1 Now concerning the things of which you wrote to me: It is good for a man not to touch a woman. 2 Nevertheless, because of sexual immorality, let each man have his own wife, and let each woman have her own husband. (1 Corinthians 7:1–2, NKJV)
The “present distress” of persecution facing the Corinthian Christians made it advisable for them not to marriage (1 Cor. 7:25-33). But, the temptation of sexual immorality was strong then, just as it is today. And so, God gave marriage as the holy fulfillment of human sexual desire. The apostle had just warned Christians to “flee fornication” (1 Cor. 6:18). Now, he reminds them that God gave marriage as the one, moral means of their sexual desires. The bed is “undefiled” in marriage (Heb. 13:4). This one flesh uniting of husband and wife meets one of the Lord’s purposes for marriage; the avoidance of sexual sin. Thus, both husband and wife are obliged to serve their mate in this matter (see 1 Cor. 7:3-4). The marriage bed is not an exercise in selfish pleasure. Nor is it a bargaining chip to hold power over one’s spouse. Such selfish treatment of the marriage bed shows shameful disrespect for what God deems to be a holy safeguard against sin. “Marriage is honorable among all, and the bed undefiled; but fornicators and adulterers God will judge” (Heb. 13:4).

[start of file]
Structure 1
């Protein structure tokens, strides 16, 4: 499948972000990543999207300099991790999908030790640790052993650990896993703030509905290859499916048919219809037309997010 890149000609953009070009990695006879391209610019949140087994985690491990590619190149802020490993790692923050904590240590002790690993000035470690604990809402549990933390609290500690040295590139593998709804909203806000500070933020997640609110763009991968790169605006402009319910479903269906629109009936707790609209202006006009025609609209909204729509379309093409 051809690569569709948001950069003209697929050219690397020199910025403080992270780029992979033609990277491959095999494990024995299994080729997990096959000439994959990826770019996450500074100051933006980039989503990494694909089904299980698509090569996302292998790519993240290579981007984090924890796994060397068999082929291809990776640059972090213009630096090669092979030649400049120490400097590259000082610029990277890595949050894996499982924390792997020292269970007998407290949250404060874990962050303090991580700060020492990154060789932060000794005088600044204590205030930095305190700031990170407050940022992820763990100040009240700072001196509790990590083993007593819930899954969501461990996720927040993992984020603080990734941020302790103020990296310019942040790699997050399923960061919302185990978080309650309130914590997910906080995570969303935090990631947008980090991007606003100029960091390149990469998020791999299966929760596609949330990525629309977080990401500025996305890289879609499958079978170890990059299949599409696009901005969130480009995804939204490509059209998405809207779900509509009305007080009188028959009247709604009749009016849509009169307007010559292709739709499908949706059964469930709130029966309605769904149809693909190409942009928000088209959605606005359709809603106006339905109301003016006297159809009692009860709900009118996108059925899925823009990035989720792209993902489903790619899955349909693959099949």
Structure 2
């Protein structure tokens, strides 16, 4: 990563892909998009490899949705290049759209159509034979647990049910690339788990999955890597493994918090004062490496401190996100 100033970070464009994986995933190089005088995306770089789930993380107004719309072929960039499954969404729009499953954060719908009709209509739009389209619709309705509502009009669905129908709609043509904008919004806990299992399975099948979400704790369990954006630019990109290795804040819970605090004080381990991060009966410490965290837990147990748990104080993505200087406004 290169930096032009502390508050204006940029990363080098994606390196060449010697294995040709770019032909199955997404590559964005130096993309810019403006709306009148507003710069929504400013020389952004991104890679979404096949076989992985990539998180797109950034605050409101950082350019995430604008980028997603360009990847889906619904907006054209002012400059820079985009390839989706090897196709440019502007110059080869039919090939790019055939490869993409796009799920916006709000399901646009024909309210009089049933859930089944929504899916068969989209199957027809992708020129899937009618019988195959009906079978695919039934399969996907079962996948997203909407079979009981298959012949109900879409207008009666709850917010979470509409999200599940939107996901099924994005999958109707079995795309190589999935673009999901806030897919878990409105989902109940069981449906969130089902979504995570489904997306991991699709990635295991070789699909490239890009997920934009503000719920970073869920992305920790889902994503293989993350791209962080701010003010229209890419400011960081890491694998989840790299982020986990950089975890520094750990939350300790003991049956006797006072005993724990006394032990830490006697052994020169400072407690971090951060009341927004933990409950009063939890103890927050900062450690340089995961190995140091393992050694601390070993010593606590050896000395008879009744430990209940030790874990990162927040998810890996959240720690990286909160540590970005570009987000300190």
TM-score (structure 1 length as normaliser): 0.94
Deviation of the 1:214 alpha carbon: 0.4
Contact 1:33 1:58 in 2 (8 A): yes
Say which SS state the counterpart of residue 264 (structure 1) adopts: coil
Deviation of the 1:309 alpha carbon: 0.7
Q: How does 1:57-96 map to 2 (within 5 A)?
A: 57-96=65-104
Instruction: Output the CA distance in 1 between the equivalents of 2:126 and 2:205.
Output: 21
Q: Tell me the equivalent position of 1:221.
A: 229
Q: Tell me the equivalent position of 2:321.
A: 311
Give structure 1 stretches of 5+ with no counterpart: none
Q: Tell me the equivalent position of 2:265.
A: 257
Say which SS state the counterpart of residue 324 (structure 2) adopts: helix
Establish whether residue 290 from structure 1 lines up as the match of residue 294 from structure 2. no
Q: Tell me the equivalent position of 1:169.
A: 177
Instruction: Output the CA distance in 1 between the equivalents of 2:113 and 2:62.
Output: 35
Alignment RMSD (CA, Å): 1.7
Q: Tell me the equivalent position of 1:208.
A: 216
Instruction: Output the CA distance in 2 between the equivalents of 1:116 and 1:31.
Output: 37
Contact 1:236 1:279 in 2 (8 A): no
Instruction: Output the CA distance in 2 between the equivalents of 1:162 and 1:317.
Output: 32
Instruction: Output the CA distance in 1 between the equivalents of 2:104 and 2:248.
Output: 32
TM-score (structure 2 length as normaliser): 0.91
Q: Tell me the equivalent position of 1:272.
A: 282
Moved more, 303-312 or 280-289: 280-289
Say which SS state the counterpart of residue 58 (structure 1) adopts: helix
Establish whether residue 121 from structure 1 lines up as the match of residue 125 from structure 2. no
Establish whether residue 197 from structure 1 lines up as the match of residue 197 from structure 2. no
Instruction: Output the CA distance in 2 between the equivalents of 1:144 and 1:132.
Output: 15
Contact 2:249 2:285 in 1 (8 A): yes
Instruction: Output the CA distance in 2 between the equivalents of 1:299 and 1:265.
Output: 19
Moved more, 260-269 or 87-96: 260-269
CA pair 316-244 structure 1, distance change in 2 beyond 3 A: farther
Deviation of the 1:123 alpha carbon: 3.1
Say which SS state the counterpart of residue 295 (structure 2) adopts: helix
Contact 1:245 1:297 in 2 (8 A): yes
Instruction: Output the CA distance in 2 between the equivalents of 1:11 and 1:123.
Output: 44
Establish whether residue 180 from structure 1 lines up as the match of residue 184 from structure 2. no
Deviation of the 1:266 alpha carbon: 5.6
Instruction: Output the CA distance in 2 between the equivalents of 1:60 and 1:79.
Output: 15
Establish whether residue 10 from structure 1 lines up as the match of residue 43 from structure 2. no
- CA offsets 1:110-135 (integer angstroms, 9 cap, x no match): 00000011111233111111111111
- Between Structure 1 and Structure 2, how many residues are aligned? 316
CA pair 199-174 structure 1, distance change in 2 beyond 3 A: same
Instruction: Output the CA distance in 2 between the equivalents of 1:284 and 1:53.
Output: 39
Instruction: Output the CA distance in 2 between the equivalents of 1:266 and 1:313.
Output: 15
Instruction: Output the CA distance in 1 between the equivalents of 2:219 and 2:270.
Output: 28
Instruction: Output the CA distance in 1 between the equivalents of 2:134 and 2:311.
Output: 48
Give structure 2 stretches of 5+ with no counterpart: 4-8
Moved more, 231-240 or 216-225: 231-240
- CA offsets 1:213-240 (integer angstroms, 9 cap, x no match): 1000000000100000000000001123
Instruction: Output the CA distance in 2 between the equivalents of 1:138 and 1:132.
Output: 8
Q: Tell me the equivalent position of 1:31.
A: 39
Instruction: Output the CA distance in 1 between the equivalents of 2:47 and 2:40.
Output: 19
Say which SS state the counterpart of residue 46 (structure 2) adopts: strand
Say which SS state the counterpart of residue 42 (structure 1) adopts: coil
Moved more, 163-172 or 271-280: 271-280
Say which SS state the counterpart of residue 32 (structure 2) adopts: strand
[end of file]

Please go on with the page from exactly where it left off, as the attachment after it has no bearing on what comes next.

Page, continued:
19 Or do you not know that your body is the temple of the Holy Spirit who is in you, whom you have from God, and you are not your own? 20 For you were bought at a price; therefore glorify God in your body and in your spirit, which are God’s. (1 Corinthians 6:19–20, NKJV)
We have been reared to think of ourselves as autonomous, in control of ourselves and unfettered by the authority of others. In one sense, this is true, for we are free moral agents – each one morally responsible and accountable to God and others for our actions. This demonstrates that while we are free to act without regard for others, such a decision is sinful and foolish. We must regard God and man in all our actions. Not only were our bodies were given to us by God, we were “bought at a price” by the offering of the blood of Jesus Christ (Heb. 9:28; 10:10-12; 1 Pet. 1:18-19). Instead of using our bodies to fulfill sinful lusts through sexual immorality, we are to offer our bodies in the service of the Lord to do His will (see Rom. 12:1-2). Coming out of the sinful defilement of the world, God will dwell with us and we with Him (2 Cor. 6:16-7:1). So then, both our redemption and our subsequent relation with God demands that we “flee fornication” and pursue righteousness (1 Cor. 6:18; 2 Tim. 2:22).
Flee sexual immorality. Every sin that a man does is outside the body, but he who commits sexual immorality sins against his own body. (1 Corinthians 6:18, NKJV)